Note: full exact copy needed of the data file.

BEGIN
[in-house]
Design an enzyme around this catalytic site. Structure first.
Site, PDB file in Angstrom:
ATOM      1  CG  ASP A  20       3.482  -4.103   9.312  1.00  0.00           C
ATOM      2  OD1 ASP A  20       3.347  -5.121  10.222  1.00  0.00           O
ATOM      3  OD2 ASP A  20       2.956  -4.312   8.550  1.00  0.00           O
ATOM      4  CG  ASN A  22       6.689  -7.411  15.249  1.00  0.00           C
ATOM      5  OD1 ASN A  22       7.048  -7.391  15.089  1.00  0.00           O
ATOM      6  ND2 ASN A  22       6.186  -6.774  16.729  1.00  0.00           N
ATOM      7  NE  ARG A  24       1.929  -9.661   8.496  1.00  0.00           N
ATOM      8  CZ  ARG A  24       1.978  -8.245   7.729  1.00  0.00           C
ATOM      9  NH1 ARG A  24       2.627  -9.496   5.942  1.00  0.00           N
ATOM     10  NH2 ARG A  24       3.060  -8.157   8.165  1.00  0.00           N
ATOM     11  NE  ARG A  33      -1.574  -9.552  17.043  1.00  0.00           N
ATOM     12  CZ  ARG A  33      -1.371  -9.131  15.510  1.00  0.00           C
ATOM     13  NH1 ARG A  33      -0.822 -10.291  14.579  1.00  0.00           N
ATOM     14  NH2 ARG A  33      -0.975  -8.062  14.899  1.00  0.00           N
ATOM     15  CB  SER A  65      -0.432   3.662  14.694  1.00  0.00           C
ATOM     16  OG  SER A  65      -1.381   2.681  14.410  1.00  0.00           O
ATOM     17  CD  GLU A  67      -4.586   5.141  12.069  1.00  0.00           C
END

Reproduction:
[in-house]
Design an enzyme around this catalytic site. Structure first.
Site, PDB file in Angstrom:
ATOM      1  CG  ASP A  20       3.482  -4.103   9.312  1.00  0.00           C
ATOM      2  OD1 ASP A  20       3.347  -5.121  10.222  1.00  0.00           O
ATOM      3  OD2 ASP A  20       2.956  -4.312   8.550  1.00  0.00           O
ATOM      4  CG  ASN A  22       6.689  -7.411  15.249  1.00  0.00           C
ATOM      5  OD1 ASN A  22       7.048  -7.391  15.089  1.00  0.00           O
ATOM      6  ND2 ASN A  22       6.186  -6.774  16.729  1.00  0.00           N
ATOM      7  NE  ARG A  24       1.929  -9.661   8.496  1.00  0.00           N
ATOM      8  CZ  ARG A  24       1.978  -8.245   7.729  1.00  0.00           C
ATOM      9  NH1 ARG A  24       2.627  -9.496   5.942  1.00  0.00           N
ATOM     10  NH2 ARG A  24       3.060  -8.157   8.165  1.00  0.00           N
ATOM     11  NE  ARG A  33      -1.574  -9.552  17.043  1.00  0.00           N
ATOM     12  CZ  ARG A  33      -1.371  -9.131  15.510  1.00  0.00           C
ATOM     13  NH1 ARG A  33      -0.822 -10.291  14.579  1.00  0.00           N
ATOM     14  NH2 ARG A  33      -0.975  -8.062  14.899  1.00  0.00           N
ATOM     15  CB  SER A  65      -0.432   3.662  14.694  1.00  0.00           C
ATOM     16  OG  SER A  65      -1.381   2.681  14.410  1.00  0.00           O
ATOM     17  CD  GLU A  67      -4.586   5.141  12.069  1.00  0.00           C